By Devin Stabley-Conde, Premium Content Writer, Hubshout
Whether you believe it or not, employers will often look through social media profiles to determine whether someone is a good fit for the company or not. According to JobVite, 93% of recruiters say they currently use or plan to use social media for hiring. Social media can be a confusing mass of opinions and information, but that doesn’t matter so much as how you conduct yourself on the platforms you use.
Three Social Media Dos and Don’ts
Do: Create a Professional Image
Social media is your resume, and as with any resume, it should convey professionalism, education, and marketable skills. Employers aren’t scanning your social media profiles for problems — they’re looking to see how you live your day-to-day life. If you make it clear that you can conduct yourself in a professional and composed manner on social media, you’re more likely to get that job offer.
Don’t: Make Your Life a Non-Stop Party
They say a picture is worth a thousand words. On social media, that’s absolutely true. According to SEO provider HubShout’s June 2016 Social Media Conduct Survey, only 5.3% make the mistake of posting too many pictures related to alcohol or party culture. While it’s more than acceptable to enjoy a glass of wine with dinner and share a picture of it, drunken selfies from parties and bars may not be the best choice of content.
Do: Be Public
HubShout’s survey asked, “If you plan to continue to post things that might be a turnoff to potential employers, WHY?” The survey found that 34.6% said it’s because “My social media accounts are private.” However, privacy on the Internet only covers so many things. Keeping a public profile lets employers know that you can conduct yourself in a professional manner and are willing to let them see it. On the other hand, a private profile and a history of unprofessional conduct may imply that you have something to hide.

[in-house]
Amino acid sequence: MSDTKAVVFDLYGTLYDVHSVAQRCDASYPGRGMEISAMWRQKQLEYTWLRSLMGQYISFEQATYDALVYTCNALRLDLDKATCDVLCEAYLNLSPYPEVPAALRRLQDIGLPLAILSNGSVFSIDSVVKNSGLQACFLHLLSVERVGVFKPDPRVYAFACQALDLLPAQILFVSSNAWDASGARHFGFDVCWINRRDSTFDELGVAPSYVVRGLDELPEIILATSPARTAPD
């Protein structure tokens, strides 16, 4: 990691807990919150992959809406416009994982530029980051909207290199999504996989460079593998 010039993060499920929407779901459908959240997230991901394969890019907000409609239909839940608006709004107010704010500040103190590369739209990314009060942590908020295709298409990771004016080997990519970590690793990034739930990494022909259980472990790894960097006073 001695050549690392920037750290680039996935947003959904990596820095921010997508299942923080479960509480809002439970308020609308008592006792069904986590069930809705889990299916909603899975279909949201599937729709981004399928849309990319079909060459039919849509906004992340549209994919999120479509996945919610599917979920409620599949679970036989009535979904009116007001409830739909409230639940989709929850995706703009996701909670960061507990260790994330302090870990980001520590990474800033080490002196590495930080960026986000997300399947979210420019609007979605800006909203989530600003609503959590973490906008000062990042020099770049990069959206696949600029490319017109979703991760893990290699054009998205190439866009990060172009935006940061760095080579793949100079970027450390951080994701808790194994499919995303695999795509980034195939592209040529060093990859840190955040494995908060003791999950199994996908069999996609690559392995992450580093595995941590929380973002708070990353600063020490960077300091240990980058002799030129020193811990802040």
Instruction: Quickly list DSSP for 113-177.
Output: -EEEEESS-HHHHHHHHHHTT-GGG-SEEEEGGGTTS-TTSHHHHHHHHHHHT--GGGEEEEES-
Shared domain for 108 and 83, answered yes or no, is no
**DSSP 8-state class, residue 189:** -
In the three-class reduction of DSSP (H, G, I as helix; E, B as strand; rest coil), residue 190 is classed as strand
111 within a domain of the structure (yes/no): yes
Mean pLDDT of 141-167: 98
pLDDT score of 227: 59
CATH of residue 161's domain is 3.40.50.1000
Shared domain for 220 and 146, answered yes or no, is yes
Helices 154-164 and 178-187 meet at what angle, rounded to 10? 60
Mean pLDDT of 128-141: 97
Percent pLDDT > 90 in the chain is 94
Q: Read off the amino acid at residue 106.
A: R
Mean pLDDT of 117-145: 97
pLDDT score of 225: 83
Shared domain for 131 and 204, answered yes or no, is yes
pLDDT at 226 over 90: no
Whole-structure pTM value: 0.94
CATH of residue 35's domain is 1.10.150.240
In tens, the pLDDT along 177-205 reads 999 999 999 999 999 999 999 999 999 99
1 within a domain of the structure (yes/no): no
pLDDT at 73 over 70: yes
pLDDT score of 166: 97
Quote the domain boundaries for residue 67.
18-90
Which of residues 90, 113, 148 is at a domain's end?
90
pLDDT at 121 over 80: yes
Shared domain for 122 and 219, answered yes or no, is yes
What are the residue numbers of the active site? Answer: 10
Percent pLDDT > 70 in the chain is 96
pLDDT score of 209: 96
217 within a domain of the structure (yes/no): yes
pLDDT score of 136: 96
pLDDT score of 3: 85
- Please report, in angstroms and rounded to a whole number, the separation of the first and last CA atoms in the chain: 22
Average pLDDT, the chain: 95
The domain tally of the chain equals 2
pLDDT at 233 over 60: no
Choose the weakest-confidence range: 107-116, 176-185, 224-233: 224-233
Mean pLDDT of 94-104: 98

Don’t: Post Offensive Content
More than one in five respondents (23.1%) said “Yes,” when HubShout asked “Do you ever post information or photos that could be offensive to others?” It’s difficult to get away from political debate, but resorting to offensive comments is not the answer. Take Wendy Bell, for example. Although she is an award-winning journalist, she was fired over a social media post considered by many, including her employer, to be racist and offensive.
Do: Use Good Grammar
Though Internet slang has taken on a mind of its own, it’s important to remember use of proper grammar is an indication of your conduct and communication skills. According to careerbuilder.com, 29% of employers do not like to see posts that demonstrate poor communication skills.
Don’t: Criticize Your Employer
Whenever you feel the urge to post a negative comment about your company, remember the phrase, “Don’t bite the hand that feeds you.” Fortunately, most individuals seem to have a sound understanding of this. When responding to HubShout’s survey, only 8.1% of people said they’ve posted negative comments about their employers or colleagues via social media. If you have an issue with your employer or a colleague, follow your company’s complaint procedures and get it fixed, rather than taking out your anger on social media.
Social media is a great place to stay up to date on current events, connect with friends, and learn about events in your area. However, your actions speak to your character both on and off the computer.
Don’t forget: sticks and stones may break your bones, but words can get you fired. Be mindful of your social media activity!